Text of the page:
Researchers work towards pharmacological targets for cholera

Jan 20, 2011

Just over a year after the earthquake in Haiti killed 222,000 people there's a new problem that is killing Haitians. A cholera outbreak has doctors in the area scrambling and the water-borne illness has already claimed 3600 lives according to officials with Médicin Sans Frontières (Doctors without Borders).

Stefan Pukatzki, a bacteriologist in the Faculty of Medicine & Dentistry at the University of Alberta, is hoping that down the road he can help prevent deadly cholera outbreaks.

His lab studies Vibrio cholerae, the bacteria that makes up the disease, and he has discovered how it infects and kills other bacteria and host cells. This discovery, published in November's Proceedings of the National Academy of Sciences, could explain how this organism survives between epidemics. Pukatzki says Vibrio cholerae lives in fresh water mix between epidemics and no one has known how it competed and survived with other bacteria in the water.

A better understanding of how this organism infects cells means Pukatzki may be able to devise novel strategies to block the function.

Pukatzki discovered that Vibrio cholerae uses molecular nano-syringes to puncture host cells and secrete toxins straight in to the other organism; this is called the type six secretion system.

"Vibrio cholerae uses these syringes so when it comes in contact with another bacteria, like E. coli, which is a gut bacterium, it kills it," said Pukatzki. "That's a novel phenomenon. We knew it [Vibrio cholerae] competed with of the immune system but we didn't know it was able to kill other .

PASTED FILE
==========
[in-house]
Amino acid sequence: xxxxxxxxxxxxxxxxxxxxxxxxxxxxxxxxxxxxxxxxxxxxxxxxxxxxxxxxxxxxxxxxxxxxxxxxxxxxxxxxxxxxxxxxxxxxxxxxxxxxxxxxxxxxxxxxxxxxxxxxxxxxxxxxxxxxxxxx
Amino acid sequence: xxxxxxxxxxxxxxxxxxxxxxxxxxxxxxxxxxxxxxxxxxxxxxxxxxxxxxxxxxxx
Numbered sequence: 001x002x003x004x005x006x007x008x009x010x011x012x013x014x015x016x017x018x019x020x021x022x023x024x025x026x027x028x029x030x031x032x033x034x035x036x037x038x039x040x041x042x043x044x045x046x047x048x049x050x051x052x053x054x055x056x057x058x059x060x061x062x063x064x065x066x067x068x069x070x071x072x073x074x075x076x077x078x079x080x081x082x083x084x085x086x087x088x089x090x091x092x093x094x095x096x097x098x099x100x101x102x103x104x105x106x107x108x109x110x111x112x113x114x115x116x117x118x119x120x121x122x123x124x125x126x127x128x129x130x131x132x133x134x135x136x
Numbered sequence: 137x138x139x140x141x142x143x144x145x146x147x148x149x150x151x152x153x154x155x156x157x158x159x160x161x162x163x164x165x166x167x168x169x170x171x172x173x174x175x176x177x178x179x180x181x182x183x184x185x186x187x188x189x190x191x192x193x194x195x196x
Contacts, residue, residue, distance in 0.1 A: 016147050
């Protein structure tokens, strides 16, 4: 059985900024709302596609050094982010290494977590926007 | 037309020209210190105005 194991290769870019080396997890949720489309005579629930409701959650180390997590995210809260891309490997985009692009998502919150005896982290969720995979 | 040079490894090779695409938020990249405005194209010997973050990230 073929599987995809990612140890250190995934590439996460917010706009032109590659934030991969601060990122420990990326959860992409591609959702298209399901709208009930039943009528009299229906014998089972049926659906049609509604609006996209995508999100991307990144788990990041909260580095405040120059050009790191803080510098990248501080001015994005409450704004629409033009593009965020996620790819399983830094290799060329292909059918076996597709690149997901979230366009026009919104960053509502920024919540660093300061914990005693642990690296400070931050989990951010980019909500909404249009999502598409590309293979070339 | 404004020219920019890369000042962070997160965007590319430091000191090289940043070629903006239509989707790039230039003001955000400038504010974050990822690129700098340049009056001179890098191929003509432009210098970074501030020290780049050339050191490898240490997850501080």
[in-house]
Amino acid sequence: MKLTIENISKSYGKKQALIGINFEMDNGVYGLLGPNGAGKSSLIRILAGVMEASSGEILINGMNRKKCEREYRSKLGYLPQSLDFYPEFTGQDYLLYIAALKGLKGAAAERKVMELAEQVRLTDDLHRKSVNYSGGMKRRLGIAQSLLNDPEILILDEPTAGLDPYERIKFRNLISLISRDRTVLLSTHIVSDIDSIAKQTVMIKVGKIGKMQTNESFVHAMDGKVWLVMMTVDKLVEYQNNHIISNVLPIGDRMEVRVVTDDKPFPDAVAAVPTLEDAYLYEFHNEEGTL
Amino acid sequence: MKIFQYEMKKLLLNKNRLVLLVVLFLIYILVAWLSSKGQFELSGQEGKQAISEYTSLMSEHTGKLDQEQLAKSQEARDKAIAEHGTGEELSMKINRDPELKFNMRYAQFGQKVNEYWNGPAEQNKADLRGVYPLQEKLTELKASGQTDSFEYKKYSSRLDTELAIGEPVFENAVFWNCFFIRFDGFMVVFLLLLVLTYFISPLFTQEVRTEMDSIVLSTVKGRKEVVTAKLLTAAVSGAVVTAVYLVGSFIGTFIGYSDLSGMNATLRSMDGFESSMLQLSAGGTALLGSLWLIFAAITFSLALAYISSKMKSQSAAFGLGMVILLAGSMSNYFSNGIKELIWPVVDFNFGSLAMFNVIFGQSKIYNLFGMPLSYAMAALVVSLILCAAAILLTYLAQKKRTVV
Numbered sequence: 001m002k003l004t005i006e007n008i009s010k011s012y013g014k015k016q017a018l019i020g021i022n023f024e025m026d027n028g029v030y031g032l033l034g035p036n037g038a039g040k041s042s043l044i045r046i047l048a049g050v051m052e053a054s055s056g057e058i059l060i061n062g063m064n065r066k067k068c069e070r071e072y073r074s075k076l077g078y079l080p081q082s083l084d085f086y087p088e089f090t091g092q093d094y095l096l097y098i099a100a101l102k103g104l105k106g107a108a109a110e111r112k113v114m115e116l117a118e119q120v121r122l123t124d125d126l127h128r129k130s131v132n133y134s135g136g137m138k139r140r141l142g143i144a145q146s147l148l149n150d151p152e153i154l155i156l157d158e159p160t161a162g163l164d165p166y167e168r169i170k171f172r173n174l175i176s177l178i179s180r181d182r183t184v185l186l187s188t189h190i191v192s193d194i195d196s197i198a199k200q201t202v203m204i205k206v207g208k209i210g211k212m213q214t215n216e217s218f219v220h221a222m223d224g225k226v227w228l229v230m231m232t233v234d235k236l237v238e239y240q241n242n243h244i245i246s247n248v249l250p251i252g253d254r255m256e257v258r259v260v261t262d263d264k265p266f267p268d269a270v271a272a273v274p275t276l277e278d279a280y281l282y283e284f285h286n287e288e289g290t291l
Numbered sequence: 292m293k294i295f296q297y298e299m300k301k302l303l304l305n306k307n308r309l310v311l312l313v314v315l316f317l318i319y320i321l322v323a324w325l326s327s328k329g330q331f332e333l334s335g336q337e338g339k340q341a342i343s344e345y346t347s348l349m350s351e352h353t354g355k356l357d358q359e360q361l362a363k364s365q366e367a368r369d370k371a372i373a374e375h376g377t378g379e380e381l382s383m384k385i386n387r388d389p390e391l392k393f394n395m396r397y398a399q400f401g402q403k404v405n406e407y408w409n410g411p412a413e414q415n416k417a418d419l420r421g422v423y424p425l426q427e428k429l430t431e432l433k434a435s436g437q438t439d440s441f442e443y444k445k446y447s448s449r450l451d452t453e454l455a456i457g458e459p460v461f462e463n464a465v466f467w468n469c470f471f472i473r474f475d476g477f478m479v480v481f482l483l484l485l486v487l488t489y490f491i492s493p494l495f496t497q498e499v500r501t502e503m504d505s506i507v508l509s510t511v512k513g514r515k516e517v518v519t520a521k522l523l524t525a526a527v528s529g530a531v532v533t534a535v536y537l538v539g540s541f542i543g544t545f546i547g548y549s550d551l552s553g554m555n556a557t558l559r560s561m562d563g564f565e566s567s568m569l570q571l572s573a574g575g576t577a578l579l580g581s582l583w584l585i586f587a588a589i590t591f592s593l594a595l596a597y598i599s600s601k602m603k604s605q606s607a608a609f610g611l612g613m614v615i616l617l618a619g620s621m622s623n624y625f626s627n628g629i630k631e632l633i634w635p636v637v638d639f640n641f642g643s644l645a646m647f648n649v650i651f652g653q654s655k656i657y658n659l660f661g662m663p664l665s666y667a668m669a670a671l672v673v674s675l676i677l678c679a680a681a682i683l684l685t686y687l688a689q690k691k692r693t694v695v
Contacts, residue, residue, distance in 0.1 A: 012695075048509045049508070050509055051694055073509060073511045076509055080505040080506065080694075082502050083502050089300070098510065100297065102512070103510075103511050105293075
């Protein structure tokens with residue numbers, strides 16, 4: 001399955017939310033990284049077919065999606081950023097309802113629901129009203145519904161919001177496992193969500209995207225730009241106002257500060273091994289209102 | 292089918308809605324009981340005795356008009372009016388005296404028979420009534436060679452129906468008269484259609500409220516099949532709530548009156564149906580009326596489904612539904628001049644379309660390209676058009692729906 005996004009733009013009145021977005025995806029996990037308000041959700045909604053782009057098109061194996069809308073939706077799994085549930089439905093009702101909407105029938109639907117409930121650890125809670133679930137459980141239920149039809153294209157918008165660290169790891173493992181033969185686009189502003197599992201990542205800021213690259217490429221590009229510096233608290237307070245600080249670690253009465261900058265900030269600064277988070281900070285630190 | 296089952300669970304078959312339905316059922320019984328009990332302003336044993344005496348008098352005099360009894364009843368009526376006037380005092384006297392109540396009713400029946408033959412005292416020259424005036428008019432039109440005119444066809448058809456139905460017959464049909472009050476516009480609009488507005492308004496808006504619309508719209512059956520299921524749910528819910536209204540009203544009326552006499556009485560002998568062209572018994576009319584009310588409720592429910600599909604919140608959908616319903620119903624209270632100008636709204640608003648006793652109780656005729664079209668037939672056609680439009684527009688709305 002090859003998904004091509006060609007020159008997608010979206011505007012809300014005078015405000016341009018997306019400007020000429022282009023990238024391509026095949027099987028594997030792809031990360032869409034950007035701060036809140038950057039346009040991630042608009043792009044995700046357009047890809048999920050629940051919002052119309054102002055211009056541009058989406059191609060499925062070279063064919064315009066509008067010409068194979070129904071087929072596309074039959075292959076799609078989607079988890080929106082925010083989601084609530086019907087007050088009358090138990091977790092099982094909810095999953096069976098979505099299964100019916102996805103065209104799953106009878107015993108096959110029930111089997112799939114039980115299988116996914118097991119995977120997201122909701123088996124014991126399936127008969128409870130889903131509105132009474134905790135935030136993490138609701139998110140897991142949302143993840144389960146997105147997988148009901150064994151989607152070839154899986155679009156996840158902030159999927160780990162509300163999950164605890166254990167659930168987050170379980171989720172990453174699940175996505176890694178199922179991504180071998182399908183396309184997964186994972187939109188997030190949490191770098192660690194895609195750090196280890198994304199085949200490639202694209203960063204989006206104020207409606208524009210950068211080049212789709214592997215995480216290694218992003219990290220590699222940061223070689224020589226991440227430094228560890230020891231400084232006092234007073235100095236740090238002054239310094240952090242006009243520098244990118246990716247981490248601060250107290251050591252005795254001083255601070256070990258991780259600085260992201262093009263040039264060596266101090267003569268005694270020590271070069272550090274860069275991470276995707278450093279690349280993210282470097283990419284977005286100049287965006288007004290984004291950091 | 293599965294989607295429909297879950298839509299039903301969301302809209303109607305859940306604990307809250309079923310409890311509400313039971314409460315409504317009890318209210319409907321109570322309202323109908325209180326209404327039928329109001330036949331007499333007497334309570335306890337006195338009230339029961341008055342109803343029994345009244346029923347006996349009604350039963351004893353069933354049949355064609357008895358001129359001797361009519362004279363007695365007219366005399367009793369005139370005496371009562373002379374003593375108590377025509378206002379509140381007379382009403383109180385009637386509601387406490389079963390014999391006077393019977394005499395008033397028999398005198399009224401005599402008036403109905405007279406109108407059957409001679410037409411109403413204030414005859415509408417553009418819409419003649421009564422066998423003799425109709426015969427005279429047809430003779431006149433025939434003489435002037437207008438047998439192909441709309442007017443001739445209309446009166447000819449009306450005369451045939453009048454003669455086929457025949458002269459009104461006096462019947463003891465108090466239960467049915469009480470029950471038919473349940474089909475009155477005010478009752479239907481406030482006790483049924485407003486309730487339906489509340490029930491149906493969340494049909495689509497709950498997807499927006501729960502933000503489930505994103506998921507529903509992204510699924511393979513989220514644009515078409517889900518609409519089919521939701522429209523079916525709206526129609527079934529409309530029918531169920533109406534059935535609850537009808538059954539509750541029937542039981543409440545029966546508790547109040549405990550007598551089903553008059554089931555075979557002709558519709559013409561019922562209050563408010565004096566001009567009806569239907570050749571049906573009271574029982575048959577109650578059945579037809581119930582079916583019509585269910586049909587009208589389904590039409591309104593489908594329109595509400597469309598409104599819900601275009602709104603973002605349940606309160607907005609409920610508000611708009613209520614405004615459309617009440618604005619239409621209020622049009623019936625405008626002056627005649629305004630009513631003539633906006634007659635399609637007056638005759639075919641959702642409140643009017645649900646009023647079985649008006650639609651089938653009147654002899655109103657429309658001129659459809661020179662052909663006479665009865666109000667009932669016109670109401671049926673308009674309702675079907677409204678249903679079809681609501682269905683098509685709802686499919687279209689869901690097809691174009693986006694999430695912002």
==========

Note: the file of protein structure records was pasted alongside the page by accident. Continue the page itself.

"Keep in mind these syringes are sitting on the outside of the bacterium so they make good vaccine targets," said Pukatzki. "That's actually better because you could either inhibit the type six function or you could induce an immune response with these components that are sitting on the outside."

Pukatzki is excited because the type six secretion system isn't unique to Vibrio cholera; it is found in most major pathogens.

"We really think that even though this pathway is important for , I think that whatever we find we can apply to other diseases as well because they're so highly conserved," said Pukatzki.

Pukatzki's lab is now looking to get a better understanding of this mechanism and continue working towards a potential pharmaceutical target.

Explore further: Fighting bacteria—with viruses

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